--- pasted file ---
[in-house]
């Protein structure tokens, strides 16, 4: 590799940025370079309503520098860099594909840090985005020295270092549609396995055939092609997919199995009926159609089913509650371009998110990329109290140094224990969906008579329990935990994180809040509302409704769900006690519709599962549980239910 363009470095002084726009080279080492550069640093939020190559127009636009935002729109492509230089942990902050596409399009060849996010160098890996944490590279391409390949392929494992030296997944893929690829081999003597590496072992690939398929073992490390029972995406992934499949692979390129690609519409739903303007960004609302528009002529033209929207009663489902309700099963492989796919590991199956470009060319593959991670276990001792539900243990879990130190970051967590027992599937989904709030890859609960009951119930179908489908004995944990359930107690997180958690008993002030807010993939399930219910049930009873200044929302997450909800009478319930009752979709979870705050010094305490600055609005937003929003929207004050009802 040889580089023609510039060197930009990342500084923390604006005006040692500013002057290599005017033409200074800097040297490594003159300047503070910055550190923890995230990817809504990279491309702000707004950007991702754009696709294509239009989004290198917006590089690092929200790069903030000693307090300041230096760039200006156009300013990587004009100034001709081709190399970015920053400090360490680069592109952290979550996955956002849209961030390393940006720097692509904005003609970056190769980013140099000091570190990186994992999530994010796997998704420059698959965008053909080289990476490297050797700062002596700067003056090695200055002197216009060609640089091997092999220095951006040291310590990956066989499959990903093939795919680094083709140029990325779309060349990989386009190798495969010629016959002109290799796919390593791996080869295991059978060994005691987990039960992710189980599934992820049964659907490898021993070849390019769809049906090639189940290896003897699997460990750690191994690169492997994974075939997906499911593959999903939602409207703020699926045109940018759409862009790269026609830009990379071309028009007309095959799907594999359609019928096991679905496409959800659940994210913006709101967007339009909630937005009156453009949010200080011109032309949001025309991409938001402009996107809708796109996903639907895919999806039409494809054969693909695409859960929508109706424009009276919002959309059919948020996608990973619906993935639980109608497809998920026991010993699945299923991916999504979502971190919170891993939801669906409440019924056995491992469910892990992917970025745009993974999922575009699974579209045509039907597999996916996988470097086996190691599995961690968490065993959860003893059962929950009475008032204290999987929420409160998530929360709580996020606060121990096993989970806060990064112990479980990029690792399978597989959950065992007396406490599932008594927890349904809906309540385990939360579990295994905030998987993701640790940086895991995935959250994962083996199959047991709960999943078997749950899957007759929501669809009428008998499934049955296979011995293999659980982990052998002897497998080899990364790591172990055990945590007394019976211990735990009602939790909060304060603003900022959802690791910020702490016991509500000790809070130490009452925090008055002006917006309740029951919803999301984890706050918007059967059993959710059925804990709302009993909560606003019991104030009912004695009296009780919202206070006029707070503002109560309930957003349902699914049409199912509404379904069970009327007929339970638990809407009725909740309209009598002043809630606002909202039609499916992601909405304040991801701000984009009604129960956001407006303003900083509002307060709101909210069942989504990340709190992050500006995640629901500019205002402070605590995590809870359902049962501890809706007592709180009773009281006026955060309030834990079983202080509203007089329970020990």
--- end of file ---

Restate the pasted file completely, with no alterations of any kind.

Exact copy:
[in-house]
């Protein structure tokens, strides 16, 4: 590799940025370079309503520098860099594909840090985005020295270092549609396995055939092609997919199995009926159609089913509650371009998110990329109290140094224990969906008579329990935990994180809040509302409704769900006690519709599962549980239910 363009470095002084726009080279080492550069640093939020190559127009636009935002729109492509230089942990902050596409399009060849996010160098890996944490590279391409390949392929494992030296997944893929690829081999003597590496072992690939398929073992490390029972995406992934499949692979390129690609519409739903303007960004609302528009002529033209929207009663489902309700099963492989796919590991199956470009060319593959991670276990001792539900243990879990130190970051967590027992599937989904709030890859609960009951119930179908489908004995944990359930107690997180958690008993002030807010993939399930219910049930009873200044929302997450909800009478319930009752979709979870705050010094305490600055609005937003929003929207004050009802 040889580089023609510039060197930009990342500084923390604006005006040692500013002057290599005017033409200074800097040297490594003159300047503070910055550190923890995230990817809504990279491309702000707004950007991702754009696709294509239009989004290198917006590089690092929200790069903030000693307090300041230096760039200006156009300013990587004009100034001709081709190399970015920053400090360490680069592109952290979550996955956002849209961030390393940006720097692509904005003609970056190769980013140099000091570190990186994992999530994010796997998704420059698959965008053909080289990476490297050797700062002596700067003056090695200055002197216009060609640089091997092999220095951006040291310590990956066989499959990903093939795919680094083709140029990325779309060349990989386009190798495969010629016959002109290799796919390593791996080869295991059978060994005691987990039960992710189980599934992820049964659907490898021993070849390019769809049906090639189940290896003897699997460990750690191994690169492997994974075939997906499911593959999903939602409207703020699926045109940018759409862009790269026609830009990379071309028009007309095959799907594999359609019928096991679905496409959800659940994210913006709101967007339009909630937005009156453009949010200080011109032309949001025309991409938001402009996107809708796109996903639907895919999806039409494809054969693909695409859960929508109706424009009276919002959309059919948020996608990973619906993935639980109608497809998920026991010993699945299923991916999504979502971190919170891993939801669906409440019924056995491992469910892990992917970025745009993974999922575009699974579209045509039907597999996916996988470097086996190691599995961690968490065993959860003893059962929950009475008032204290999987929420409160998530929360709580996020606060121990096993989970806060990064112990479980990029690792399978597989959950065992007396406490599932008594927890349904809906309540385990939360579990295994905030998987993701640790940086895991995935959250994962083996199959047991709960999943078997749950899957007759929501669809009428008998499934049955296979011995293999659980982990052998002897497998080899990364790591172990055990945590007394019976211990735990009602939790909060304060603003900022959802690791910020702490016991509500000790809070130490009452925090008055002006917006309740029951919803999301984890706050918007059967059993959710059925804990709302009993909560606003019991104030009912004695009296009780919202206070006029707070503002109560309930957003349902699914049409199912509404379904069970009327007929339970638990809407009725909740309209009598002043809630606002909202039609499916992601909405304040991801701000984009009604129960956001407006303003900083509002307060709101909210069942989504990340709190992050500006995640629901500019205002402070605590995590809870359902049962501890809706007592709180009773009281006026955060309030834990079983202080509203007089329970020990």